Without truth, nothing can be built.
But the thing is we’re all afraid. If we weren’t, we wouldn’t be human. We’re afraid of failure, rejection, public speaking, death, and the list goes on and on. And we can work on those fears and probably will for the rest of our lives. But if we are afraid of ourselves, afraid to be ourselves, we create an instead prison. In this prison, we are not able to share our unique gifts. We are not giving. Life means to give. So we are not living. You must shatter the fear of being your true self or you’ll snap back every time you stretch. Of course, this is a process. It takes time. But you must make a decision to start the process, and hold onto it knowing what’s at stake. Your potential. As a friend, brother, sister, husband, wife, teacher, mother, daughter, father, son, leader, visionary, everything you do. Everything you are.
In order to live your truth, you must be transparent. You must be clear and flow like liquid. Like Bruce Lee said, be like water.
The Power of a Sandwich
Once I bought someone a sandwich.
I was getting a quick dinner at a local deli when I noticed an older gentleman sitting by himself. He was just sitting there, bobbing his head to the Muzak. He didn’t look homeless. He just looked lonely. We made eye contact and he nodded. I quickly turned back to my book, shoved the rest of my sandwich into my mouth, and thought to myself Maybe I should buy him something to eat. That thought was my solid self — my instinct, my gut, my truth-speaking. He had a soft tone. I could barely hear him. Then my pseudo self kicked in, a loud thundering voice that convinced me that the man didn’t need a sandwich. Pseudo came at me like a lawyer, logical and cold. What if he’s just waiting for someone? He would be insulted if I asked him if I could buy him food. Maybe he’s the owner?
But these were just excuses to stay in my comfort zone. I finished my sandwich and was about to leave when I stopped myself and thought, Wait a minute. This isn’t about him. This is about me. If I leave, I am allowing the part of me that was formed by abuse, failed relationships, dysfunctional family dynamics, all the shit that’s happened to me in life that’s lowered my self worth and security, to control me. All this, just because I wouldn’t buy someone a sandwich?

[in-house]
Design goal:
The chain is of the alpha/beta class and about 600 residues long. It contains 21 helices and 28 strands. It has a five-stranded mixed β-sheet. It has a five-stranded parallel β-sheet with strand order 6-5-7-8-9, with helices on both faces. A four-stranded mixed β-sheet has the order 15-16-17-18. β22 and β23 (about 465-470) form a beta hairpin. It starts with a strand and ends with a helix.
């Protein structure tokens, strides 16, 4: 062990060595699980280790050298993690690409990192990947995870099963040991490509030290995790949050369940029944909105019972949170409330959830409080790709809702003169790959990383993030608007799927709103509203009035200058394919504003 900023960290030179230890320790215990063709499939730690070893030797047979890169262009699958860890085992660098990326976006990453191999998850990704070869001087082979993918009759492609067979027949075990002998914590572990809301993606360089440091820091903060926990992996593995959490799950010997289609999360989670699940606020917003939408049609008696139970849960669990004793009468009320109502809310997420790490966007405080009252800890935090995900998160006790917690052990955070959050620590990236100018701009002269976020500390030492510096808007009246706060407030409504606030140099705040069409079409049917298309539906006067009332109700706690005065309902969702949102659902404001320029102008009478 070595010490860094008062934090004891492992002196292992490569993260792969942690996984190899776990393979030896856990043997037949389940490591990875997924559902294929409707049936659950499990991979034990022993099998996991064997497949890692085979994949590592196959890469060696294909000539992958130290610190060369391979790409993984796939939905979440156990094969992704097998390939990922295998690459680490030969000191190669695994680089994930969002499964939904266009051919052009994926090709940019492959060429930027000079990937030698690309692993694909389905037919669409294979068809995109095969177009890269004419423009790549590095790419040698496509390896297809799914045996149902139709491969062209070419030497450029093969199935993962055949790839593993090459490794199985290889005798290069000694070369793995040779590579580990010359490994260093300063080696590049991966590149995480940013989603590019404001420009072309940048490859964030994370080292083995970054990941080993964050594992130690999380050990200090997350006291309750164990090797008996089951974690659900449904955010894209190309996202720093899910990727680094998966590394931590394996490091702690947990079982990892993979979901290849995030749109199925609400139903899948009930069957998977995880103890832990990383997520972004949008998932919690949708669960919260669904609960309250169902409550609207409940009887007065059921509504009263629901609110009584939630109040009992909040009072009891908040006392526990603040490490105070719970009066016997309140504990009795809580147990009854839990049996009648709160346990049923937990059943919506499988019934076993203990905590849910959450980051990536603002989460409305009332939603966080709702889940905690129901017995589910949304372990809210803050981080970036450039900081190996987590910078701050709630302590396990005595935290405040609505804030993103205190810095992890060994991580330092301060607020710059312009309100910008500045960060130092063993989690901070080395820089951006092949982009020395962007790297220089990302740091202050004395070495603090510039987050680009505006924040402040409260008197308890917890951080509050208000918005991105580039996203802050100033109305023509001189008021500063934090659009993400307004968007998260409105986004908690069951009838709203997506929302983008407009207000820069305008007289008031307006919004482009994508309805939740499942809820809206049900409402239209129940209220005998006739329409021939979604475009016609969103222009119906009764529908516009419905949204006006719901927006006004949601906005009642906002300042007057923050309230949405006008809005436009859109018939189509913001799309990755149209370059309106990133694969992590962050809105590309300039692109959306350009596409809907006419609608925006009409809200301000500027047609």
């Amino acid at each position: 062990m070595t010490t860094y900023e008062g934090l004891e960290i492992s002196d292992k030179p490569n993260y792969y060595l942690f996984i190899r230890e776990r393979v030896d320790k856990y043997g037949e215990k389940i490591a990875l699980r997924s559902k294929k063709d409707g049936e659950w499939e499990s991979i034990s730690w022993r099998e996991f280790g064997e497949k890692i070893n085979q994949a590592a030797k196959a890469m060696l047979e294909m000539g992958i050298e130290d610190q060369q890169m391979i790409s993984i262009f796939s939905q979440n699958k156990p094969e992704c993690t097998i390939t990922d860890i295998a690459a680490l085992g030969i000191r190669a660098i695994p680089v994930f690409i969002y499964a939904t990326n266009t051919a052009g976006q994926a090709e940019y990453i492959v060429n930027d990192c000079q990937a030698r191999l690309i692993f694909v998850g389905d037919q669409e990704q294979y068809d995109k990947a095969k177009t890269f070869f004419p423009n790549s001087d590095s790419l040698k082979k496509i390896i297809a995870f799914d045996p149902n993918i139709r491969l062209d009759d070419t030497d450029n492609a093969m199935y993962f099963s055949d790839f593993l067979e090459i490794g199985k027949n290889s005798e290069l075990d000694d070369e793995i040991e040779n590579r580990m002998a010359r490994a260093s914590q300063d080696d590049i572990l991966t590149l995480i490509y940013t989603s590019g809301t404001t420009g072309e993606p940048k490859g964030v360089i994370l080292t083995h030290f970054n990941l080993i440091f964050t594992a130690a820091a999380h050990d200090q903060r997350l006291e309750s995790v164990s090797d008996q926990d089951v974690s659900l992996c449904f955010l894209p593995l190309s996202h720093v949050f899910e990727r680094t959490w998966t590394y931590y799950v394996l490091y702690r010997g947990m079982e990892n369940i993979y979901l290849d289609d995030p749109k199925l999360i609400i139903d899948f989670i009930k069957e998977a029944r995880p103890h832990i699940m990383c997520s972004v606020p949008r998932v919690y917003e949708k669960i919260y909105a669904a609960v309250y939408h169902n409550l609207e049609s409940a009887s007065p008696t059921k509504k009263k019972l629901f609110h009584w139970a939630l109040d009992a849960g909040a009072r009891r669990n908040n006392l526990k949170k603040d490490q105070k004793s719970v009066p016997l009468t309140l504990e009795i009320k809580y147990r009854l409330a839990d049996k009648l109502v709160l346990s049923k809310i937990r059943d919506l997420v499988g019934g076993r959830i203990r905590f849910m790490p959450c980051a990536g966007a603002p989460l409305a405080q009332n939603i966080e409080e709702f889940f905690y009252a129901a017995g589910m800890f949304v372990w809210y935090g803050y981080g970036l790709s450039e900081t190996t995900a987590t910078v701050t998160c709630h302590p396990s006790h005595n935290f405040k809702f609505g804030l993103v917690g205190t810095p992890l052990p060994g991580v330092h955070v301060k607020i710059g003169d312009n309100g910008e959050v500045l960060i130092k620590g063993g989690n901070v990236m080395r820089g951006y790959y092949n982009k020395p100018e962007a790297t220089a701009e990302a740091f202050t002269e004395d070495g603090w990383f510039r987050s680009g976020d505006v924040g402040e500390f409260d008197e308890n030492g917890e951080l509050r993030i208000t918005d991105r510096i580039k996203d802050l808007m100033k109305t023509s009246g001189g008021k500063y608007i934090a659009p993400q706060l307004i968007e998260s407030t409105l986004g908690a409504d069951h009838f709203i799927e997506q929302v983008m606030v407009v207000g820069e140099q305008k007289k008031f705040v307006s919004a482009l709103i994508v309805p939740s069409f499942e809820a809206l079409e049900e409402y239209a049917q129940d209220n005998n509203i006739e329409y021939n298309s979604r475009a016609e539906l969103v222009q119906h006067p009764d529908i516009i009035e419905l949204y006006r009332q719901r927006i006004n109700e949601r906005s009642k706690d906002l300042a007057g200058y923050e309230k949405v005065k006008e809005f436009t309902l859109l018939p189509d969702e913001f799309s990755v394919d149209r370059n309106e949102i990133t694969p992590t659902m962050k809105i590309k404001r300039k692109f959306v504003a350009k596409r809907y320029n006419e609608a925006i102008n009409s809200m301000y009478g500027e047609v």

It’s not about the sandwich.
It’s about allowing your voice to be heard, giving yourself permission to be the true version of you, before life slapped on a veneer. If I leave, I add glue to the beautiful fake porcelain smile. If turn back and go with my initial gut, I may crack that veneer. My dial turned, as did I. I bought the man a sandwich. My solid self was happy when the man smiled and nodded at me. The man allowed his solid self voice, when he smiled at a stranger, me. My solid self didn’t want this to be weird. He wanted to acknowledge connection.
By buying a stranger a sandwich, I allowed my solid self to be heard. I drove my stake into the ground and told my pseudo self to fuck off. Fuck off for every time he made me critical of myself, for every doubt in my worth, and for allowing others to define me. I left the deli feeling a little more powerful than when I arrived and it had nothing to do with their flatbread. Many of you reading this may think I’m crazy for trying to squeeze so much meaning out of such a simple act. You may be telling yourself Man, this guy’s really reaching. Make a note of that voice. Recognize it. That is your pseudo self.